Dr. B's COVID vaccine dose progress, plans for user data remain a mystery
The waitlist platform boasts over 2.4 million sign-ups
Dr. B, a waitlist platform designed to help Americans book COVID-19 vaccine appointments, has reached over 2.4 million sign-ups, but the company has not provided specifics on how many vaccines doses it has actually helped deliver since its launch and what exactly it's doing with all of those users' data.
"While we have already sent more than 1.1 million notifications to users about available vaccines, in order to protect our users' privacy we don’t track when shots have been received," a Dr.B spokesperson told FOX Business in a statement on Wednesday.
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Dr. B launched at the height of the COVID-19 pandemic in an effort to get vaccines to as many people as possible and prevent leftover COVID-19 vaccine doses from getting wasted. CVS and Walgreens accounted for nearly 128,500 wasted shots, or about 70% of the more than 180,000 total wasted shots in the United States, as of the end of March, according to data from the Centers for Disease Control and Prevention.
However, as vaccinations have recently ramped up, the need for waitlists like Dr. B have declined as vaccine eligibility has opened to the majority of Americans. According to the CDC, over 287 million COVID-19 vaccine doses have been administered as of Wednesday, with almost half of Americans receiving at least one dose and 39.5% fully vaccinated.
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Though Dr. B cites user privacy as its "top priority", the platform is not covered by the Health Insurance Portability and Accountability Act (HIPAA), which aims to prevent the oversharing of health data.
"We are not a covered entity, but we understand the seriousness of holding your data," FAQ on Dr.B's website reads. "We act as a patient's personal representative, and we protect your confidential information accordingly. In addition, our team collectively has decades of experience building HIPAA-compliant healthcare systems and understands the organizational and technical practices to keep your data safe."
When finding appointments, Dr. B asks its users to provide their name, telephone number, email, ZIP code and date of birth, which are then sent to a medical provider to verify a patient's identity and vaccine eligibility.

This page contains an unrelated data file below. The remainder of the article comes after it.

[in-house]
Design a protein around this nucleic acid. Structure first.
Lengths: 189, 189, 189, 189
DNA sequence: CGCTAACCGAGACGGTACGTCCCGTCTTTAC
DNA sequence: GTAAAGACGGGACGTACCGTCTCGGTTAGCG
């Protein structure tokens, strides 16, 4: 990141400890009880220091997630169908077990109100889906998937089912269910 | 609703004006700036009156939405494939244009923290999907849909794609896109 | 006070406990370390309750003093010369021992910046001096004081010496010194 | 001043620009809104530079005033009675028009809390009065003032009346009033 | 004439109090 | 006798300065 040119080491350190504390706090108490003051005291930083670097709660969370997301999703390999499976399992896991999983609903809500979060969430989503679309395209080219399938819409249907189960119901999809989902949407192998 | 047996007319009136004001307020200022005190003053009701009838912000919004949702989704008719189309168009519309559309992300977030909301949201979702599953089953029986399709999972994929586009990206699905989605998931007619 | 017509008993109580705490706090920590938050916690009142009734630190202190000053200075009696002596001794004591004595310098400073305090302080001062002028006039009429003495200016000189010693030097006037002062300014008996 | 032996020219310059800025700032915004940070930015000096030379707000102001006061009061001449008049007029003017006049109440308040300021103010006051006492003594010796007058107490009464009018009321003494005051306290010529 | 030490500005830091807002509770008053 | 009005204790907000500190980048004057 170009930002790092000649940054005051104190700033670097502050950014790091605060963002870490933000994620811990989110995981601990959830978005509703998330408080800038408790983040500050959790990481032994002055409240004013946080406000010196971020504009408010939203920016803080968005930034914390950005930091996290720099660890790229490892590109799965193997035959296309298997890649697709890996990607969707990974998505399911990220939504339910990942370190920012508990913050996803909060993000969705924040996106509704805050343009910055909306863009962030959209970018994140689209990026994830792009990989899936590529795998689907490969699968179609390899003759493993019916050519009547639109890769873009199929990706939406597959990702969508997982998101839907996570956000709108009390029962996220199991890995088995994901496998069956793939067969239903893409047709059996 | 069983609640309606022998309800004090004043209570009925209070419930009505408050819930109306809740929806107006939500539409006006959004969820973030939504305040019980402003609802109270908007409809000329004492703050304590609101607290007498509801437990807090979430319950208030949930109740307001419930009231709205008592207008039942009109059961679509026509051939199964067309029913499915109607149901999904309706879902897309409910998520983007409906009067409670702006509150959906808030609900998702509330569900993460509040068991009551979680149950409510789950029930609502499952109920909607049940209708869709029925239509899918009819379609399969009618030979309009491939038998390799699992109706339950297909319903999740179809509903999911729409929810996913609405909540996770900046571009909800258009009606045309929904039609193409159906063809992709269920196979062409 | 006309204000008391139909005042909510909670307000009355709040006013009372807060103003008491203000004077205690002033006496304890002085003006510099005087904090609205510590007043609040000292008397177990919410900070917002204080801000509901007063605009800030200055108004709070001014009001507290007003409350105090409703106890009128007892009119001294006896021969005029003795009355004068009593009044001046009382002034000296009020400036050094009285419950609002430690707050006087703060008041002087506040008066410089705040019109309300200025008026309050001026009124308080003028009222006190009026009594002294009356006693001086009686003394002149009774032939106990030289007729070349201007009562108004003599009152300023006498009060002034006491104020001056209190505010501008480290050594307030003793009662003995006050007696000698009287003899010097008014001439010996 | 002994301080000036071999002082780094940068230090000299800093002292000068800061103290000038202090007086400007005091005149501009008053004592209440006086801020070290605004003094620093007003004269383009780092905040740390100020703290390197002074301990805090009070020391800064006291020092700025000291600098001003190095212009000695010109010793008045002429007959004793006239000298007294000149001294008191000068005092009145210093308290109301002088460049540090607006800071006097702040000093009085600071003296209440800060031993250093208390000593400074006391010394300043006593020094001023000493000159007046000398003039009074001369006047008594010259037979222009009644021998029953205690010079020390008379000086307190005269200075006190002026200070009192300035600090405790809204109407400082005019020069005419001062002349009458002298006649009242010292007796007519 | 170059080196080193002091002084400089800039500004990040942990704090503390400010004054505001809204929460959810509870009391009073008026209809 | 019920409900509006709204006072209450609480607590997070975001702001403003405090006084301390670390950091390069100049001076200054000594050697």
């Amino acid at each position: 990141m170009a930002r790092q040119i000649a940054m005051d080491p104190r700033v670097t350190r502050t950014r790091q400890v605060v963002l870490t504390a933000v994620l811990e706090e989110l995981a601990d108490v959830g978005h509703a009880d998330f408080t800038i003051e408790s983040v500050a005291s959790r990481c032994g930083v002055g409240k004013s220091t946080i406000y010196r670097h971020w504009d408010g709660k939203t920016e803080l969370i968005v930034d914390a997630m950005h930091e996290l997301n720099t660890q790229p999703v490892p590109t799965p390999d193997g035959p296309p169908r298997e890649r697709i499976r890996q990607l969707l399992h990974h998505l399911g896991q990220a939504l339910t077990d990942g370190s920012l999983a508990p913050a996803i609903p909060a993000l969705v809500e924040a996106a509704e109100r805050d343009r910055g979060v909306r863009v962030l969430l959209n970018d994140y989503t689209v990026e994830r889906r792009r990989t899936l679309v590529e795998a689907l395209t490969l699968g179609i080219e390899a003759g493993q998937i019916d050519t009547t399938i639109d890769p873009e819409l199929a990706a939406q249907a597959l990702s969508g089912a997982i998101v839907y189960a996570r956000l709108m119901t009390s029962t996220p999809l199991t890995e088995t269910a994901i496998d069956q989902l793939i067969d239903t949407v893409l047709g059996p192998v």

"We never rent, sell or otherwise share any user data with any third-party inappropriately," the spokesperson emphasized. "At any time our users can ask to stop notifications and also request to have their data completely purged from Dr. B."
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Dr. B says it has more than 600 vaccination partners across the United States with more providers being added every week. However, that number makes up less than 1% of the 80,000 vaccination sites tracked by the CDC, and the company has declined to specify what states it is active in and who its partners are.
"We are working with a number of partners, community organizations and healthcare providers to remove the barriers that are continuing to prevent people from getting vaccinated with a particular focus on underserved communities," Dr. B told FOX Business.
Representatives for major pharmacy chains Walgreens and CVS confirmed to FOX Business that they have not partnered with Dr. B on their vaccination efforts.
|CVS||CVS HEALTH CORP.||71.76||+0.02||+0.03%|
|WBA||WALGREENS BOOTS ALLIANCE INC.||31.42||-0.43||-1.35%|
While other crowdsourced vaccination notification efforts like TurboVax have shut down their operations, Dr. B is showing no signs of slowing down.
"While we launched to make sure no vaccine went to waste, we are now focused on removing the barriers -- such as scheduling and transportation needs -- that prevent people from getting vaccinated," Dr. B's spokesperson explained. "We also dedicate significant resources to education and community outreach in areas around the country with lagging vaccination rates. We are going to continue working to make healthcare, and specifically COVID vaccines, more equitable."
The platform is preparing for an international expansion and expects to help administer future COVID-19 vaccine booster shots in the U.S. once they are available.